This essay was later published under the title Islami Usool ki Philosophy, meaning The Philosophy of the Teachings of Islam.


Some Christian missionaries in India saw that the Promised Messiah was slowly gaining ground against them. When they felt that their efforts to refute his arguments were futile, they resorted to cheap tactic. Dr. Henry Martin Clark was a Christian missionary working in Amritsar. In August 1897, Dr. Clark brought a charge against the Promised Messiah in the court of the District Magistrate. Dr. Clark accused Mirza Ghulam Ahmad of instigating a young man by the name of Abdul Humid to murder him.

The case eventually came up before the court of Captain M. W. Douglas, the Deputy Commissioner of Gurdaspur. Abdul Hameed was properly tutored by the opposition and told a pre-rehearsed story to the court. Captain Douglas, however, felt uneasy about the testimony of Abdul Humid and asked the District Superintendent of Police to question him.

On interrogation, the youth burst into tears and admitted that he had been lying throughout the case. He then made a full statement saying that he was pressured by other people to lie against Mirza Ghulam Ahmad. After this, Captain Douglas acquitted the Promised Messiah with due honour and the case against him was discharged.

It is interesting to note that while the enemies were leveling charges of murder against the Promised Messiah, his own behaviour towards them was that of a gentleman. During the trial Maulvi Muhammad Hussain of Batala, an enemy of the Promised Messiah appeared as a witness against him. While Maulvi Muhammad Hussain was in the witness box, the defense counsel retained by the Promised Messiah started to cross examine him. The defense counsel wanted to show the court that Maulvi Muhammad Hussain did not enjoy a good reputation in private life. For this purpose the defense counsel asked him a question which would have brought out a self humiliating answer. But, before the witness could answer, the Promised Messiah rose from his chair and at once stopped his own counsel from taking this liberty with the personal honour of the witness. Although the witness was one of his staunchest enemies, the Promised Messiah would not allow his weakness to be exposed in public. This is an excellent example of the true Islamic character of the Promised Messiah.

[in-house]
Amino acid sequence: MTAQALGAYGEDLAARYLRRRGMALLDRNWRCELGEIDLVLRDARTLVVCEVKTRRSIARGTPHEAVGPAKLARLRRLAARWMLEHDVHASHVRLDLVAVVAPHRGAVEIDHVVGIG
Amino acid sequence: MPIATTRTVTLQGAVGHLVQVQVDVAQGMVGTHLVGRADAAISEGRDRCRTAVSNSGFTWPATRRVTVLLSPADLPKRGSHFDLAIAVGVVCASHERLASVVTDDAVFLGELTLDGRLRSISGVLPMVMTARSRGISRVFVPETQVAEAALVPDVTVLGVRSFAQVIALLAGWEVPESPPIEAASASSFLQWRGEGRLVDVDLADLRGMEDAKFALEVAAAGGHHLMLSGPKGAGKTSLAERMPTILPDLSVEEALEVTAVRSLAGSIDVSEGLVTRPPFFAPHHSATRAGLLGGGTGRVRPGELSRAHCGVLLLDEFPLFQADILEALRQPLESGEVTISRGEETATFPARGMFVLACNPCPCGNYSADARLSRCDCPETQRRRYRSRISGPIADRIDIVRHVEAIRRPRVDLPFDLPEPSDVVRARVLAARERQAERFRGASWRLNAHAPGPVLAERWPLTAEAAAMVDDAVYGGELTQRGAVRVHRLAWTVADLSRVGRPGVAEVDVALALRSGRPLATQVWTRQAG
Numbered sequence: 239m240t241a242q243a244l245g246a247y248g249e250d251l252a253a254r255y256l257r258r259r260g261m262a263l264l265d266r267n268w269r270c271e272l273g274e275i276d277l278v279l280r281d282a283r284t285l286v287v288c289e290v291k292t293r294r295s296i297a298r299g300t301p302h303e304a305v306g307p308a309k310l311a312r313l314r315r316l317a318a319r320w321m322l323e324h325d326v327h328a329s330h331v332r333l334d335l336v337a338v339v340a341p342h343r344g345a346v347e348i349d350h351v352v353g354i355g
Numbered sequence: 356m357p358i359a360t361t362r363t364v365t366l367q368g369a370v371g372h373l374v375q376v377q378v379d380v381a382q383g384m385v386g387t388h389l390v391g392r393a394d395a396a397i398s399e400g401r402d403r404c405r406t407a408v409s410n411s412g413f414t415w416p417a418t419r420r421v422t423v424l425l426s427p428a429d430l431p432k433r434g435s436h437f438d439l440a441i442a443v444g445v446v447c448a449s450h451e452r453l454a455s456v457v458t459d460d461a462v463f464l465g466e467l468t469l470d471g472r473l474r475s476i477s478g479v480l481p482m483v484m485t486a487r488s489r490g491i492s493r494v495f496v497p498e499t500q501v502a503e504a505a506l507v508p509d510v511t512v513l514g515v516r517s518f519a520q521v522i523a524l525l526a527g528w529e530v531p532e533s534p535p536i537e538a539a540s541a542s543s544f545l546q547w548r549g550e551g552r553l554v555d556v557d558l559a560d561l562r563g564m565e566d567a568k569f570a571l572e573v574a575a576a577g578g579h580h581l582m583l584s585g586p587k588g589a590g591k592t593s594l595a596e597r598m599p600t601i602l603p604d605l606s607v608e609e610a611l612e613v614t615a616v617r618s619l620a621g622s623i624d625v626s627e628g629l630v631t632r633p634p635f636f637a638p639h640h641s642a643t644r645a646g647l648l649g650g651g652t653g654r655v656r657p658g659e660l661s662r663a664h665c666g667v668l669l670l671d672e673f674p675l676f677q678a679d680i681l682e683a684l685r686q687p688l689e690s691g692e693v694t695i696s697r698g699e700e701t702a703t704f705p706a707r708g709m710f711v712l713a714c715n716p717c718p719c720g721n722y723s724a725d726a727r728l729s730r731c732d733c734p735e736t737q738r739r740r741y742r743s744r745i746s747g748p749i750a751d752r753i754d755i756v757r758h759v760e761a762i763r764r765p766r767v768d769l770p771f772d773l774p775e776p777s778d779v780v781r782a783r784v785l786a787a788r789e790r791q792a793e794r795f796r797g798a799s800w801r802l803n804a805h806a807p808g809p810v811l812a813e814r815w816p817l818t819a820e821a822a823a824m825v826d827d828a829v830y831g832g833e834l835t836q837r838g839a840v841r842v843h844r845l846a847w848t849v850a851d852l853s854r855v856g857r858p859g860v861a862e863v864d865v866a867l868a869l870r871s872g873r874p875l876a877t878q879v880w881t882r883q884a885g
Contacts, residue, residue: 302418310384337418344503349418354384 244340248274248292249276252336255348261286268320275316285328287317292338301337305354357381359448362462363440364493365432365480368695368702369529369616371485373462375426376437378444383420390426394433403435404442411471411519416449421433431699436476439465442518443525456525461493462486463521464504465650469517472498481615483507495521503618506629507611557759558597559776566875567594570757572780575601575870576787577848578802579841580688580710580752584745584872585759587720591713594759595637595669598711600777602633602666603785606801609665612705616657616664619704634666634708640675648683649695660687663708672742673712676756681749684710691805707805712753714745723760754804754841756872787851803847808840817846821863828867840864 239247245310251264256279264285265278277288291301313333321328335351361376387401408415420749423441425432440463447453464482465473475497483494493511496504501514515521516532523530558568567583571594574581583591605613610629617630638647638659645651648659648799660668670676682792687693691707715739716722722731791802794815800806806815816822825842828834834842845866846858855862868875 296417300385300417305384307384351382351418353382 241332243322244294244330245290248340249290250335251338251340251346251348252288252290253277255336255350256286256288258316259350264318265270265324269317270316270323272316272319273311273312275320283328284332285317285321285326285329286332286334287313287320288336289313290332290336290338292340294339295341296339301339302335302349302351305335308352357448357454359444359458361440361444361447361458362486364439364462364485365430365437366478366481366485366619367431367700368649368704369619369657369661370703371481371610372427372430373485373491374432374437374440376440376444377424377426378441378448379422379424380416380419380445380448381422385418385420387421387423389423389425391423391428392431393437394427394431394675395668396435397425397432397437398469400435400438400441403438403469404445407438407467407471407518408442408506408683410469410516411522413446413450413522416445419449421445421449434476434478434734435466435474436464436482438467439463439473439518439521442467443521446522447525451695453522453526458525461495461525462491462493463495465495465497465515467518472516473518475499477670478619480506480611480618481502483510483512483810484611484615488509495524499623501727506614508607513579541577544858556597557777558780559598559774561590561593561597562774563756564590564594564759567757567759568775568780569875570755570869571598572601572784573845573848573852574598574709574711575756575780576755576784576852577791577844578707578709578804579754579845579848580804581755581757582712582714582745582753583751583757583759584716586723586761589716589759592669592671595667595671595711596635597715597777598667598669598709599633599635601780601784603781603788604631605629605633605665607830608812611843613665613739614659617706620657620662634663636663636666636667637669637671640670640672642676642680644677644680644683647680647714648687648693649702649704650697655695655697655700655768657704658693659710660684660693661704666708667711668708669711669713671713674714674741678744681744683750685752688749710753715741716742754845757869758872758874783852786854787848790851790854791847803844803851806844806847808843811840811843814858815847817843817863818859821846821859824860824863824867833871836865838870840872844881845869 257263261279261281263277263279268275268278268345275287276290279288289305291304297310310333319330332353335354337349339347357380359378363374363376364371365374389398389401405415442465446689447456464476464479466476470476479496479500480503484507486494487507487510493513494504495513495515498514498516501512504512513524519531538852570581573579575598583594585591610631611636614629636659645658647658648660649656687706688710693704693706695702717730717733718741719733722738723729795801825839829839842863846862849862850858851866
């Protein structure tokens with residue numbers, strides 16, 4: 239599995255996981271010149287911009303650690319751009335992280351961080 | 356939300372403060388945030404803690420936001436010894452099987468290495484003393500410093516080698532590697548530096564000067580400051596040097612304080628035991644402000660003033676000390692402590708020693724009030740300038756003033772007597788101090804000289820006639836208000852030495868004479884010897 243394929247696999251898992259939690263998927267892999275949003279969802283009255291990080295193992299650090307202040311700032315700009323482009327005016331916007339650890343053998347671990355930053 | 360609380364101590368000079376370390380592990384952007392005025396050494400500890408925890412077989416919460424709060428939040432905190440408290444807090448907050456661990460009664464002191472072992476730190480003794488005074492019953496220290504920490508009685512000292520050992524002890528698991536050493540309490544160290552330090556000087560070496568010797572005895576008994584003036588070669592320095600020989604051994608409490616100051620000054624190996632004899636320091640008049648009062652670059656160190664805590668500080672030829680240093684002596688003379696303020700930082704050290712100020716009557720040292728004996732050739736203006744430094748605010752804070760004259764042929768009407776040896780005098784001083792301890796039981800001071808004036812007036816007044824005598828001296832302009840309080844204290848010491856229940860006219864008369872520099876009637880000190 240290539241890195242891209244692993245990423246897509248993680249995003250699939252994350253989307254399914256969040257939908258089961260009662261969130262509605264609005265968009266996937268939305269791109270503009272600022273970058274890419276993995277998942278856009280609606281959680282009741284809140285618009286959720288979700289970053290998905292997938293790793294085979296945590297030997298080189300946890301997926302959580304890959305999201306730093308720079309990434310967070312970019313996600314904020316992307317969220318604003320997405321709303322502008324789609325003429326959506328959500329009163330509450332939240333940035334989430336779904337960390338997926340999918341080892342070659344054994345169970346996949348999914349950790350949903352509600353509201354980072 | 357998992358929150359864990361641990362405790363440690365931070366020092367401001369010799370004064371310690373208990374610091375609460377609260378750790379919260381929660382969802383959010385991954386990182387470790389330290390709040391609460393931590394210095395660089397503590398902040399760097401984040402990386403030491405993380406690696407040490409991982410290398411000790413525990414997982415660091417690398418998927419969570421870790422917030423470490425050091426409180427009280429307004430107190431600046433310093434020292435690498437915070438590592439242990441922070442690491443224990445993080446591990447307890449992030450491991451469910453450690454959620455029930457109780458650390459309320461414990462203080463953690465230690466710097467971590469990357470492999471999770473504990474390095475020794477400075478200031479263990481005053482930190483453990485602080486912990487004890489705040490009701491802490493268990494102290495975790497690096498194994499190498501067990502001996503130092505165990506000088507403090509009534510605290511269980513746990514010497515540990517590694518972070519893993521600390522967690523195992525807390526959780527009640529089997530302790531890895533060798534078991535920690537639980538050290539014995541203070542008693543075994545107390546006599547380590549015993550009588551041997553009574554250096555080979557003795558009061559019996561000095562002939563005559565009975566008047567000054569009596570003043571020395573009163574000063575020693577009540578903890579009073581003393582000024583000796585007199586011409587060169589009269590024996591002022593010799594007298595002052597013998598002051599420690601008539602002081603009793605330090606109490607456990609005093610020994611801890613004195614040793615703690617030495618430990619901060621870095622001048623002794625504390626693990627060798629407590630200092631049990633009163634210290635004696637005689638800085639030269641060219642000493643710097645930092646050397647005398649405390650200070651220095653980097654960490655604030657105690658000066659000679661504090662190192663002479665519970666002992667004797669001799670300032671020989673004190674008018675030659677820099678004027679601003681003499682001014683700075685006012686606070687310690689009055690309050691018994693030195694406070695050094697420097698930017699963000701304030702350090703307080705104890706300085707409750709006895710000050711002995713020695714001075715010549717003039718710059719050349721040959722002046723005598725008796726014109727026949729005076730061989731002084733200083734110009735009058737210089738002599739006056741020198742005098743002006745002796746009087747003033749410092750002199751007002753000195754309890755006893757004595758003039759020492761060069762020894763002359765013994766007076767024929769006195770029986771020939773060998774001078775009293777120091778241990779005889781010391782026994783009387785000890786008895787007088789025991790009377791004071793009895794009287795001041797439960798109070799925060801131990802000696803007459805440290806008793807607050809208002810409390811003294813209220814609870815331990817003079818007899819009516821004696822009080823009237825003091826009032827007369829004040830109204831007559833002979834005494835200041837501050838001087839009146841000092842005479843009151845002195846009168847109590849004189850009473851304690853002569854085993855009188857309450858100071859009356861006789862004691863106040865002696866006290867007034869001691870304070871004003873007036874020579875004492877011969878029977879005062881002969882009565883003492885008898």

The very first newspaper of the Ahmadiyya Movement was called Al Hakam and was published for the first time in October 1897. Sheikh Yaqoob Ali Irfani was its editor. The paper was initially published from Amritsar but later on was transferred to Qadian. Five years later, in 1902, another newspaper called Al Badr was started from Qadian. The first editor of Al Badr was Mufti Muhammad Sadiq and the paper continues to be published from Qadian to this very day.

Both these newspapers played a historical role in recording the speeches, revelations, addresses and conversations of the Promised Messiah and in preserving the early history of the Ahmadiyya Movement in Islam.